44 --------------------------------------------------------------------------------Contractual Obligations The Company is obligated to make future payments under various contracts such as debt agreements, lease agreements and unconditional purchase obligations. In addition, the Company has purchase obligations for materials, supplies, services, and property, plant and equipment as part of the ordinary conduct of business. A few of these obligations are long-term and are based on minimum purchase requirements. Certain purchase obligations contain variable pricing components, and, as a result, actual cash payments are expected to fluctuate based on changes in these variable components. Due to the proprietary nature of some of the Company's materials and processes, certain supply contracts contain penalty provisions for early terminations. The Company does not believe that a material amount of penalties are reasonably likely to be incurred under these contracts based upon historical experience and current expectations.

The following table represents the contractual obligations of the Company as of October 27, 2013.

Fiscal Year 2019 2014 2015-2016 2017-2018 Forward Total (In thousands) Long Term Debt(1) $ 393,536 $ 1,431,672 $ 1,330,168 $ 16,760,743 $ 19,916,119 Capital Lease Obligations 3,343 19,377 20,029 13,383 56,132 Operating Leases 42,471 127,715 105,202 303,987 579,375 Purchase Obligations 664,233 816,081 180,318 222,064 1,882,696 Other Long Term Liabilities Recorded on the Balance Sheet 115,687 190,036 159,551 588,527 1,053,801 Total $ 1,219,270 $ 2,584,881 $ 1,795,268 $ 17,888,704 $ 23,488,123 (1) Amounts include expected cash payments for interest on fixed rate long-term debt. Due to the uncertainty of forecasting expected variable rate interest payments, those amounts are not included in the table.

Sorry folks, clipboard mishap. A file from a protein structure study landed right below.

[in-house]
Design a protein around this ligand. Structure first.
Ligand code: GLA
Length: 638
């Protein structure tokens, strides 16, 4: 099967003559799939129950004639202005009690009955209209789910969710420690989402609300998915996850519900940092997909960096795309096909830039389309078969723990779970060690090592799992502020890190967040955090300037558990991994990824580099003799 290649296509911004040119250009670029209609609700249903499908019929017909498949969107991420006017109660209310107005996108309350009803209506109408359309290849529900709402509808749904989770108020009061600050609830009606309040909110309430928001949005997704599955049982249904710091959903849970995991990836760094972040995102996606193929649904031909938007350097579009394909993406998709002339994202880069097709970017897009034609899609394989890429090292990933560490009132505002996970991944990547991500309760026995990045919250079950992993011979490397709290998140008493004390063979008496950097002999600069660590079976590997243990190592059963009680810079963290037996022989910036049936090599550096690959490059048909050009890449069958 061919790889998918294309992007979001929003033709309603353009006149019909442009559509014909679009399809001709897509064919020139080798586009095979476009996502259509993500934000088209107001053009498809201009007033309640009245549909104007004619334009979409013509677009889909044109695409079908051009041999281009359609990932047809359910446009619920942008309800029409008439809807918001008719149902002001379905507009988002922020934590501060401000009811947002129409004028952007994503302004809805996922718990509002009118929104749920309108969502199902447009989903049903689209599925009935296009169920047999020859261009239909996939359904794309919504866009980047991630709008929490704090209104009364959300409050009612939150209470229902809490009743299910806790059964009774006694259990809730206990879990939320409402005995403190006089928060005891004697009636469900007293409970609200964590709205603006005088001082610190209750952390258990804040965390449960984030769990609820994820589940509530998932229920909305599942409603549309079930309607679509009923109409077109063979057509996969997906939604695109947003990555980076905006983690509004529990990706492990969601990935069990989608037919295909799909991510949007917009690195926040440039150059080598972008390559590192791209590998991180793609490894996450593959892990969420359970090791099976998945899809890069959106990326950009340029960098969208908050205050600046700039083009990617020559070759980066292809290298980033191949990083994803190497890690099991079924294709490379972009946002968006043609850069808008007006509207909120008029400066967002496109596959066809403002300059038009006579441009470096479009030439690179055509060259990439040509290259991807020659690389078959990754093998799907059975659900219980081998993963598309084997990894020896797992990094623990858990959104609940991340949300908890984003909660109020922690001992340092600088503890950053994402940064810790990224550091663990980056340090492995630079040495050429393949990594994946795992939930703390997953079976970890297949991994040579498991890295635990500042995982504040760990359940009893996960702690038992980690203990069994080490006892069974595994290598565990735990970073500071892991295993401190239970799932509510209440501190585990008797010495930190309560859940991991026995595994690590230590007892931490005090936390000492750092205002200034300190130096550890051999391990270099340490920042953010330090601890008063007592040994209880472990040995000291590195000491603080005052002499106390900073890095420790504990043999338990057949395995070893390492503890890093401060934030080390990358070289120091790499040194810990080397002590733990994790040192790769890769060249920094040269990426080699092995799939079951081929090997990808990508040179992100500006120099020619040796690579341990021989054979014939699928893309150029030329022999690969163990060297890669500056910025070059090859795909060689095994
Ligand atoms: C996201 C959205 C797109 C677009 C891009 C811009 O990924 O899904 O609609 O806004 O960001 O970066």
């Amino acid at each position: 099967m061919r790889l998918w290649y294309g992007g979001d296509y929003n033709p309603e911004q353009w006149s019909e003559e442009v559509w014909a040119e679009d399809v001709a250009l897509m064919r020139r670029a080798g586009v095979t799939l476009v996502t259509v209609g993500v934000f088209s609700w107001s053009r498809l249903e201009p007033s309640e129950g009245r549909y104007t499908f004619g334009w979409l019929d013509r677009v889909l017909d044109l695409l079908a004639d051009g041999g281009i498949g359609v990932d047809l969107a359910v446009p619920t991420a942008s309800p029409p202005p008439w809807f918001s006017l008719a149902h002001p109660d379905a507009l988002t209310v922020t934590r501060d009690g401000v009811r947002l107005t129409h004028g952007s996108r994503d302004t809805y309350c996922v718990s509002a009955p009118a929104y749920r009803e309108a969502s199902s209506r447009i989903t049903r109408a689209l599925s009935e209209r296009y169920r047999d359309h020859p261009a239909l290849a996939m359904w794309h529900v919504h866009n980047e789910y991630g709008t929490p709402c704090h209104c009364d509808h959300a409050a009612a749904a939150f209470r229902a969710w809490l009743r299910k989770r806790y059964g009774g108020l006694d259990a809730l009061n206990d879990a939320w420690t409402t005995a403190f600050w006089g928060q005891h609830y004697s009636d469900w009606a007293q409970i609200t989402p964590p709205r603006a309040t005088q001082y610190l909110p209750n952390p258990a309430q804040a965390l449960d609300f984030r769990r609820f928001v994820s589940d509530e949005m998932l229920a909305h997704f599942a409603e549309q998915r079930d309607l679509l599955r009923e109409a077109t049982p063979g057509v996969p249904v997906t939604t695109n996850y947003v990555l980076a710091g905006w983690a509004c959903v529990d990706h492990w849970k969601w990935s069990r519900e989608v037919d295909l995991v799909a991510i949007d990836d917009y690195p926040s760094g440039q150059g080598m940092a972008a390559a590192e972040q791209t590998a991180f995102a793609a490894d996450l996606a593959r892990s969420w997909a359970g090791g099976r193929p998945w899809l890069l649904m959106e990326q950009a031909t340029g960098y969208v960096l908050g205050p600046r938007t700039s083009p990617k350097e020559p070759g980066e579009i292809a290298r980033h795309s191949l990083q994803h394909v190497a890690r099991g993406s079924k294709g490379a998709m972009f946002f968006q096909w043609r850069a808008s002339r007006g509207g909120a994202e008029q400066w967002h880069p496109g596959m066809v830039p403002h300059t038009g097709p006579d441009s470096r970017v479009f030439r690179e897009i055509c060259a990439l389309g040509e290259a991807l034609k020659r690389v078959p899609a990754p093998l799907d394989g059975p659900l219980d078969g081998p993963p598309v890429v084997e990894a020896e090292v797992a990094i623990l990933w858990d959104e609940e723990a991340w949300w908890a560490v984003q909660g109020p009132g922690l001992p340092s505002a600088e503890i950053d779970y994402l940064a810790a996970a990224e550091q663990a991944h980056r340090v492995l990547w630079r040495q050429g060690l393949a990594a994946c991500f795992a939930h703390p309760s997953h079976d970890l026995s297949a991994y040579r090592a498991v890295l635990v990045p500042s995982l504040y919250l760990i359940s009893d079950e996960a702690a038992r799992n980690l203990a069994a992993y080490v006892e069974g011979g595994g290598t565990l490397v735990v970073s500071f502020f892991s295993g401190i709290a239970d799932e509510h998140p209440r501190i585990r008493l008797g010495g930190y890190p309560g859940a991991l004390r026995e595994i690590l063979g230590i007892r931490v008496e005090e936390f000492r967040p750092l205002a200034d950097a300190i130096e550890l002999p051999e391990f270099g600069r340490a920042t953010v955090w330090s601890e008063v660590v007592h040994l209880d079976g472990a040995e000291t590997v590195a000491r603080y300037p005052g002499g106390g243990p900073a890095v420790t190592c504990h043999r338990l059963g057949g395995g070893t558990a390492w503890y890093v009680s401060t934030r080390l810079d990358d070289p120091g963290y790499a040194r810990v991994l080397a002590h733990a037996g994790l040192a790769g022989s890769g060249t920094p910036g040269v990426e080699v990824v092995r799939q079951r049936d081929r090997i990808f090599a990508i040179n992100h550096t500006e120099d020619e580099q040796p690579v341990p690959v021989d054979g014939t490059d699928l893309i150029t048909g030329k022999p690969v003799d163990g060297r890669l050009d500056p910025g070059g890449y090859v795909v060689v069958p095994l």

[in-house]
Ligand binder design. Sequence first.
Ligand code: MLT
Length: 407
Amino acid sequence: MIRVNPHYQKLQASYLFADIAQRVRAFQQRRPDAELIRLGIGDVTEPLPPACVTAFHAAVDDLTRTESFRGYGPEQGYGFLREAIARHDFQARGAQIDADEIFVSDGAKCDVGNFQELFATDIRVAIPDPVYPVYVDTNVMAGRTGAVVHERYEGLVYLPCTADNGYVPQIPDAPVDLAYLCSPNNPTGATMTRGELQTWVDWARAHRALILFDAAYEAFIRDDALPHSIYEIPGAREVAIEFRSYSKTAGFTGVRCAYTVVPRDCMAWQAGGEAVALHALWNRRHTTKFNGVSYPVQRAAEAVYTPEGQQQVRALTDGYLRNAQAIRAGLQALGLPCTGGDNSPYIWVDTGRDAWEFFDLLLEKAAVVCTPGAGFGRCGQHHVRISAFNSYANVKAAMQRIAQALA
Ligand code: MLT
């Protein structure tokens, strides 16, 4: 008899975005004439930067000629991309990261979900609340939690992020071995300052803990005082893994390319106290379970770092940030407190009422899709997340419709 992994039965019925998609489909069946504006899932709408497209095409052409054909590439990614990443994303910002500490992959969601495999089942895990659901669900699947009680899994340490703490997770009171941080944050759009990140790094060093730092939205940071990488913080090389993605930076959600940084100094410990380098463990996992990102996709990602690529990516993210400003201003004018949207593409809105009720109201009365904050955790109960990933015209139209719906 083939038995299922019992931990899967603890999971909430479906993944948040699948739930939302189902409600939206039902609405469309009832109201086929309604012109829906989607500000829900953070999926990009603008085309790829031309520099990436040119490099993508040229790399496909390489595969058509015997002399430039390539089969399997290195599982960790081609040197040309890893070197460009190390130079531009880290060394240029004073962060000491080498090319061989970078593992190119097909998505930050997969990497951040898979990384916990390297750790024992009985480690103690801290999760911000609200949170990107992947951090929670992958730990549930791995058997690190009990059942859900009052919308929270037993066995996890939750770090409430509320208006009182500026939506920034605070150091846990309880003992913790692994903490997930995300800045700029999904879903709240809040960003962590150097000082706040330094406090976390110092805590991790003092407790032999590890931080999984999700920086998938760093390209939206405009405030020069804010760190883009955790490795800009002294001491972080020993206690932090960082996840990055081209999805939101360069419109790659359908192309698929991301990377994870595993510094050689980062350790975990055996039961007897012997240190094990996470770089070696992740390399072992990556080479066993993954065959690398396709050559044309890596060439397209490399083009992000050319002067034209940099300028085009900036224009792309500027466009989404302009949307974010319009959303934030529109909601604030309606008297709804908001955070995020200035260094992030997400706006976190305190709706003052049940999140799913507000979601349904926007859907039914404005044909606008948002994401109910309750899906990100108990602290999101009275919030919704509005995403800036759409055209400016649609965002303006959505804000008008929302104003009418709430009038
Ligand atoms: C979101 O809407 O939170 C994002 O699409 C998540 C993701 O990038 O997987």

Other long-term liabilities primarily consist of certain incentive compensation arrangements and pension and postretirement benefit commitments. Long-term liabilities related to income taxes and insurance accruals included on the consolidated balance sheet are excluded from the table above as the Company is unable to estimate the timing of the payments for these items.

As of the end of the second quarter of Fiscal 2014, the total amount of gross unrecognized tax benefits for uncertain tax positions, including an accrual of related interest and penalties along with positions only impacting the timing of tax benefits, was approximately $67.5 million. The timing of payments will depend on the progress of examinations with tax authorities. The Company does not expect a significant tax payment related to these obligations within the next year. The Company is unable to make a reasonably reliable estimate as to when cash settlements with taxing authorities may occur.

Recently Issued Accounting Standards See Note 3 to the Condensed Consolidated Financial Statements in Part I Item 1 of this Form 10-Q.

Non-GAAP Measures Included in this report are measures of financial performance that are not defined by generally accepted accounting principles in the United States ("GAAP"). Each of the measures is used in reporting to the Company's executive management and as a component of the Board of Directors' measurement of the Company's performance for incentive compensation purposes. Management and the Board of Directors believe that these measures provide useful information to investors, and include these measures in other communications to investors.

For each of these non-GAAP financial measures, a reconciliation of the differences between the non-GAAP measure and the most directly comparable GAAP measure has been provided. In addition, an explanation of why management believes the non-GAAP measure provides useful information to investors and any additional purposes for which management uses the non-GAAP measure are provided below. These non-GAAP measures should be viewed in addition to, and not in lieu of, the comparable GAAP measure.

45 --------------------------------------------------------------------------------Results Excluding Special Items Management believes that this measure provides useful information to investors because it is the profitability measure used to evaluate earnings performance on a comparable year-over-year basis.